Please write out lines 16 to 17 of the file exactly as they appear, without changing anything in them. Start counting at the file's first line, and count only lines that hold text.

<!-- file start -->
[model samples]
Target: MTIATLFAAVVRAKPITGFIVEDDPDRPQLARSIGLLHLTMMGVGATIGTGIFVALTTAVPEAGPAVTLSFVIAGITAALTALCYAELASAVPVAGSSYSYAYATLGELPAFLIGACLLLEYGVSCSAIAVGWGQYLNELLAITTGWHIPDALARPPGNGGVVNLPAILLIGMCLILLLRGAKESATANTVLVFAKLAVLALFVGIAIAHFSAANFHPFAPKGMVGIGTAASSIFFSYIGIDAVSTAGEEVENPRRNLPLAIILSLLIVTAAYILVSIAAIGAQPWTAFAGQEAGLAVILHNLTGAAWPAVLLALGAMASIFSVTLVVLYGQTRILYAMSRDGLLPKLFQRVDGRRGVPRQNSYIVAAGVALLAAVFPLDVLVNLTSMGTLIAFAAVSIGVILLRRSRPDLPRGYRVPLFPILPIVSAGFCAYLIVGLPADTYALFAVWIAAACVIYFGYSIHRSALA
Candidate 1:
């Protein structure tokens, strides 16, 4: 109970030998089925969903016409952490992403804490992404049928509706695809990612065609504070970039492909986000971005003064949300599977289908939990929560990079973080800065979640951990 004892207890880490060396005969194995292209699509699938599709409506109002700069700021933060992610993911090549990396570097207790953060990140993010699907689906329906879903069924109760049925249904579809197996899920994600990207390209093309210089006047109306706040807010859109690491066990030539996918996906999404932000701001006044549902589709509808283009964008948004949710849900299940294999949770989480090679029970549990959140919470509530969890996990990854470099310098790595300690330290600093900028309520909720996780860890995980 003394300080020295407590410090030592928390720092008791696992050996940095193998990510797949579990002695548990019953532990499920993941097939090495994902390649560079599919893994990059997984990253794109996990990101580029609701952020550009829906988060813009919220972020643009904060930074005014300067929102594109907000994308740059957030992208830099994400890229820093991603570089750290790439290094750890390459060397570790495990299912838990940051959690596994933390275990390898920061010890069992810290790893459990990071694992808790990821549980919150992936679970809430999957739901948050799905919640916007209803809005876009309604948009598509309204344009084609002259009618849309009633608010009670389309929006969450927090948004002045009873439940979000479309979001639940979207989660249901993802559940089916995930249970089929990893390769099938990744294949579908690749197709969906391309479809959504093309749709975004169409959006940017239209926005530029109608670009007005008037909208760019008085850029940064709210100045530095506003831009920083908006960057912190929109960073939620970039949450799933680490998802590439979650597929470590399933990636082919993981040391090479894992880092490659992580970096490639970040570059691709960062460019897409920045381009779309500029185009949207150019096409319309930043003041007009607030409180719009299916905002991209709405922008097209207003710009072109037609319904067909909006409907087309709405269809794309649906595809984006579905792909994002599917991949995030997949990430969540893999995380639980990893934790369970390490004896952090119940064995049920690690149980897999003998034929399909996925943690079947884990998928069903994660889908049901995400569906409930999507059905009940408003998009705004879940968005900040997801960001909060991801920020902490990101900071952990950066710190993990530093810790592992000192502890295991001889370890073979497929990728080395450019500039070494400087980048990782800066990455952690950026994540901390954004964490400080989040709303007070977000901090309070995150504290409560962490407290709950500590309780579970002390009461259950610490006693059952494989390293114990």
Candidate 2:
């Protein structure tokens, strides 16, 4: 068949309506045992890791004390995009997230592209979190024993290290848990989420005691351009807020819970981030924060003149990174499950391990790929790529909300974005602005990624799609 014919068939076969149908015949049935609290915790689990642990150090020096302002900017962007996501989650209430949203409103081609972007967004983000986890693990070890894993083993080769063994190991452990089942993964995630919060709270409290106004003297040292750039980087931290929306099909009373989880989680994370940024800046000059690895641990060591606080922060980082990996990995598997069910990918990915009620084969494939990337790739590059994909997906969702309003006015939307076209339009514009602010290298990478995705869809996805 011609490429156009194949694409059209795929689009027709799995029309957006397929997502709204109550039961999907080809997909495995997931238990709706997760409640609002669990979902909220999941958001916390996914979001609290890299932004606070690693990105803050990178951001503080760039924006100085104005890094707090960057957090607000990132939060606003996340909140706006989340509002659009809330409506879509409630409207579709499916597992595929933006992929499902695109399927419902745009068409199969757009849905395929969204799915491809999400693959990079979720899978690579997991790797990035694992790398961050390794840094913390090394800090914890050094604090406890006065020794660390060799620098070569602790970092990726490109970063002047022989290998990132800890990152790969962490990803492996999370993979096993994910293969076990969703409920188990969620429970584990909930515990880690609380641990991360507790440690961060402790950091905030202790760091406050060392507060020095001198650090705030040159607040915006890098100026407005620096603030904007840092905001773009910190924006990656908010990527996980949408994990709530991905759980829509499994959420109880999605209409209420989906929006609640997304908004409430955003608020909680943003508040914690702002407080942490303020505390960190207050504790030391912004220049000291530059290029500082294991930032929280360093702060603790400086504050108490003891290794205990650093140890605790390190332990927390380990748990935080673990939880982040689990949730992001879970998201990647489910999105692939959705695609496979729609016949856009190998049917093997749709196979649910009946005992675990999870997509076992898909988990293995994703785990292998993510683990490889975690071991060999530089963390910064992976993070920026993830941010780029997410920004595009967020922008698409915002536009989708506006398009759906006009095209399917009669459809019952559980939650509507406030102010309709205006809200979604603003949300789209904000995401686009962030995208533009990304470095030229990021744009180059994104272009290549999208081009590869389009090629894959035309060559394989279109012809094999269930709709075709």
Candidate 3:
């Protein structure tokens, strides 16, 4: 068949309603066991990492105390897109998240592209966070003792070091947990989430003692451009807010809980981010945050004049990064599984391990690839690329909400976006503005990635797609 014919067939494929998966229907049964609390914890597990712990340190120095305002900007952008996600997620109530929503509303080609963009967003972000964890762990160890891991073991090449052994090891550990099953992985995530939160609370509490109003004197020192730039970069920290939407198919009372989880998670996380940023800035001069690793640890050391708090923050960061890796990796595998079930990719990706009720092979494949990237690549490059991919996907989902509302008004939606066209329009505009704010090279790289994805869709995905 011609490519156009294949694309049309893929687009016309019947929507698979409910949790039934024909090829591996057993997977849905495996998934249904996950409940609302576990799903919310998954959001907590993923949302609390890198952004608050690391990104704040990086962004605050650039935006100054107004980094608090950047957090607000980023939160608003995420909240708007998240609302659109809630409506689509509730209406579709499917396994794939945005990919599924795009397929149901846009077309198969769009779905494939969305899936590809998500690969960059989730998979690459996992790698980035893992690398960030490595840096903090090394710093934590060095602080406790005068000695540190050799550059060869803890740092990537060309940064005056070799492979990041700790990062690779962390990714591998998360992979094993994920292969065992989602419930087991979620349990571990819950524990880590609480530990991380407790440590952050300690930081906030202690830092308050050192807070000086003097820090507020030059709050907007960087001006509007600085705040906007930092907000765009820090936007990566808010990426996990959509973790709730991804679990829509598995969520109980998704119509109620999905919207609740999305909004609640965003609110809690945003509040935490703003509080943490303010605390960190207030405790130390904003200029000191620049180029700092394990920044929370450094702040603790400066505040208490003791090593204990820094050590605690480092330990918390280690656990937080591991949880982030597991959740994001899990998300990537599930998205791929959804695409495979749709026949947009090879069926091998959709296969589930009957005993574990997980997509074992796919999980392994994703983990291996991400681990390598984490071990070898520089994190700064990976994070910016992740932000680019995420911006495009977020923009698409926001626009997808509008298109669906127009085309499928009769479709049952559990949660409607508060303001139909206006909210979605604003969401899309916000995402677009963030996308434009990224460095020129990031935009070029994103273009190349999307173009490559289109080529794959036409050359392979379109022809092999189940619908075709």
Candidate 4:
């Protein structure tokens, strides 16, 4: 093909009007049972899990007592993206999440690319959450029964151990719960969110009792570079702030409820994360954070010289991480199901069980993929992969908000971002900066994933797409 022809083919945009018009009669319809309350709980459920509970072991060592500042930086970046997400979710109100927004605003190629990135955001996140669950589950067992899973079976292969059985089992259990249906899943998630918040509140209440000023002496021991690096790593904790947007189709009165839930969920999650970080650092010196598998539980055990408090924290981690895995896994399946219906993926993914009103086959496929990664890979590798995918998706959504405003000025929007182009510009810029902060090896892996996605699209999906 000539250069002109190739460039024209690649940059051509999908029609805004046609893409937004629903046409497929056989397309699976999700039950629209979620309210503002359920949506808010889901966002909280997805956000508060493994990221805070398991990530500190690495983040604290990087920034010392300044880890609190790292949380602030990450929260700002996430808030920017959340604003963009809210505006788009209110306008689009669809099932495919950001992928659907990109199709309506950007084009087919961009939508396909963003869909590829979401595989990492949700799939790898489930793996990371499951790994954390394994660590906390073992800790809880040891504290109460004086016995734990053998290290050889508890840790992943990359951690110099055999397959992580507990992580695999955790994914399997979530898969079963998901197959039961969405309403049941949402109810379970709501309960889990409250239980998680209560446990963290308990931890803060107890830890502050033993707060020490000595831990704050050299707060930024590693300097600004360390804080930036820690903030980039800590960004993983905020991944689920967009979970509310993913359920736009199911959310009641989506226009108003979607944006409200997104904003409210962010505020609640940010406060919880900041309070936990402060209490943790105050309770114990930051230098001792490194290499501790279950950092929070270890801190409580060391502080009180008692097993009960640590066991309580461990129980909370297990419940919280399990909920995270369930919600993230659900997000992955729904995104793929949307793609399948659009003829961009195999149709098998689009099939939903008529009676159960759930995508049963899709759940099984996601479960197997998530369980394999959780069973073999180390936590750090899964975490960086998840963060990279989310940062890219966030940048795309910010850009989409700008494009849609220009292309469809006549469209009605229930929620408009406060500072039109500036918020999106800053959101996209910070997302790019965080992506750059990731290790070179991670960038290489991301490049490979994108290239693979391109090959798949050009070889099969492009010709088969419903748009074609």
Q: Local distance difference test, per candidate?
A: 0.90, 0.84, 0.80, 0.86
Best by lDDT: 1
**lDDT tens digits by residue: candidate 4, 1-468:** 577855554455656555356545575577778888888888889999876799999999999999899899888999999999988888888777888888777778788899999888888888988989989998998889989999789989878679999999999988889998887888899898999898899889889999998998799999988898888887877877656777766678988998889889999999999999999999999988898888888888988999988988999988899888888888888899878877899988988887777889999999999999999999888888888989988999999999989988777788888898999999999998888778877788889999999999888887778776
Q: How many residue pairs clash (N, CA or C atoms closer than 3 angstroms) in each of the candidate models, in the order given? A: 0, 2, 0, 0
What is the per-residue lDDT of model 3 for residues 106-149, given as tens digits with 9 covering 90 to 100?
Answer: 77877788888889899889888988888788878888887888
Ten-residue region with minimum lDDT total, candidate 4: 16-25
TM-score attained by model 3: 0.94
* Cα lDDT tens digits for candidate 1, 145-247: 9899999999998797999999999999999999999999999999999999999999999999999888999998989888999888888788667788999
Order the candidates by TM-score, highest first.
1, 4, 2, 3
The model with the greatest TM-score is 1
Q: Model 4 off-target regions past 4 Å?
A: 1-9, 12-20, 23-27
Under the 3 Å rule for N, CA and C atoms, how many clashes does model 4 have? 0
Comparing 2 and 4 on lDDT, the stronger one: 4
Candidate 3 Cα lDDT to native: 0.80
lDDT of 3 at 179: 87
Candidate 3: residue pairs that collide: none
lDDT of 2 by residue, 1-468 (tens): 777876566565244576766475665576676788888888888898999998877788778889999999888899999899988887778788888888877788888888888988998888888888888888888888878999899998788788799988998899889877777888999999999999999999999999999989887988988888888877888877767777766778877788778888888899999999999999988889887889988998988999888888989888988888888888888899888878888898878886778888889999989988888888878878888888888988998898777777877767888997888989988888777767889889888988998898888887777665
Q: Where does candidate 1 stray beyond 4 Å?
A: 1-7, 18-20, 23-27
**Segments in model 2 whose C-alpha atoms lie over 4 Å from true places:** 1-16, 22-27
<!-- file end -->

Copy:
What is the per-residue lDDT of model 3 for residues 106-149, given as tens digits with 9 covering 90 to 100?
Answer: 77877788888889899889888988888788878888887888